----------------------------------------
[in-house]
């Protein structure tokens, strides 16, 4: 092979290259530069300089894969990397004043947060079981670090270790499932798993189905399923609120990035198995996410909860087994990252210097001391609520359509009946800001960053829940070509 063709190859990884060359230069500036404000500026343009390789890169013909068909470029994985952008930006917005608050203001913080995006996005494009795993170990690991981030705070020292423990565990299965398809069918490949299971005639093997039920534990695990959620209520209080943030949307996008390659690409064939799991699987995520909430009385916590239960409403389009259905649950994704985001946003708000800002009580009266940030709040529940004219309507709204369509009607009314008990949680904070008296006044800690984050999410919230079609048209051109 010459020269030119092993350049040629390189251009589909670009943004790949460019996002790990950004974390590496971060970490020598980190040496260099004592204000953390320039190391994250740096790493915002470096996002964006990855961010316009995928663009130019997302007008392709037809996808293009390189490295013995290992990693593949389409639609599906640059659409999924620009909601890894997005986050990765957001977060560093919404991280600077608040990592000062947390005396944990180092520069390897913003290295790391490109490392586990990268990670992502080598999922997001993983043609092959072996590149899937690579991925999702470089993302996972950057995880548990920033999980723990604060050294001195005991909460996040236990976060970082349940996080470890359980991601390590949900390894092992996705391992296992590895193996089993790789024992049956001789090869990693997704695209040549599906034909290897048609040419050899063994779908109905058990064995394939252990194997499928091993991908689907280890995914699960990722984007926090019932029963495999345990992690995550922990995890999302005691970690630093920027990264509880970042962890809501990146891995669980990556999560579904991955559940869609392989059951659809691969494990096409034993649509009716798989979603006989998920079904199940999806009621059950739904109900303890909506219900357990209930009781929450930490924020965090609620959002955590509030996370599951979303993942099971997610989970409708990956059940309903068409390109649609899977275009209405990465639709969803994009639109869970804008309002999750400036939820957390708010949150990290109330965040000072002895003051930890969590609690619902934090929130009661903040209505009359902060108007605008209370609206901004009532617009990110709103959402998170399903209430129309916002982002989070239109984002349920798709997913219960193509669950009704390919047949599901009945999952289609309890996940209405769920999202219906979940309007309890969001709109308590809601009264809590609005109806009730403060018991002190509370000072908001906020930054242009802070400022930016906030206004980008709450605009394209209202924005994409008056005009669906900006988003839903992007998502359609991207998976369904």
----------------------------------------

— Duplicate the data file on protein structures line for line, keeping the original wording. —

[in-house]
């Protein structure tokens, strides 16, 4: 092979290259530069300089894969990397004043947060079981670090270790499932798993189905399923609120990035198995996410909860087994990252210097001391609520359509009946800001960053829940070509 063709190859990884060359230069500036404000500026343009390789890169013909068909470029994985952008930006917005608050203001913080995006996005494009795993170990690991981030705070020292423990565990299965398809069918490949299971005639093997039920534990695990959620209520209080943030949307996008390659690409064939799991699987995520909430009385916590239960409403389009259905649950994704985001946003708000800002009580009266940030709040529940004219309507709204369509009607009314008990949680904070008296006044800690984050999410919230079609048209051109 010459020269030119092993350049040629390189251009589909670009943004790949460019996002790990950004974390590496971060970490020598980190040496260099004592204000953390320039190391994250740096790493915002470096996002964006990855961010316009995928663009130019997302007008392709037809996808293009390189490295013995290992990693593949389409639609599906640059659409999924620009909601890894997005986050990765957001977060560093919404991280600077608040990592000062947390005396944990180092520069390897913003290295790391490109490392586990990268990670992502080598999922997001993983043609092959072996590149899937690579991925999702470089993302996972950057995880548990920033999980723990604060050294001195005991909460996040236990976060970082349940996080470890359980991601390590949900390894092992996705391992296992590895193996089993790789024992049956001789090869990693997704695209040549599906034909290897048609040419050899063994779908109905058990064995394939252990194997499928091993991908689907280890995914699960990722984007926090019932029963495999345990992690995550922990995890999302005691970690630093920027990264509880970042962890809501990146891995669980990556999560579904991955559940869609392989059951659809691969494990096409034993649509009716798989979603006989998920079904199940999806009621059950739904109900303890909506219900357990209930009781929450930490924020965090609620959002955590509030996370599951979303993942099971997610989970409708990956059940309903068409390109649609899977275009209405990465639709969803994009639109869970804008309002999750400036939820957390708010949150990290109330965040000072002895003051930890969590609690619902934090929130009661903040209505009359902060108007605008209370609206901004009532617009990110709103959402998170399903209430129309916002982002989070239109984002349920798709997913219960193509669950009704390919047949599901009945999952289609309890996940209405769920999202219906979940309007309890969001709109308590809601009264809590609005109806009730403060018991002190509370000072908001906020930054242009802070400022930016906030206004980008709450605009394209209202924005994409008056005009669906900006988003839903992007998502359609991207998976369904």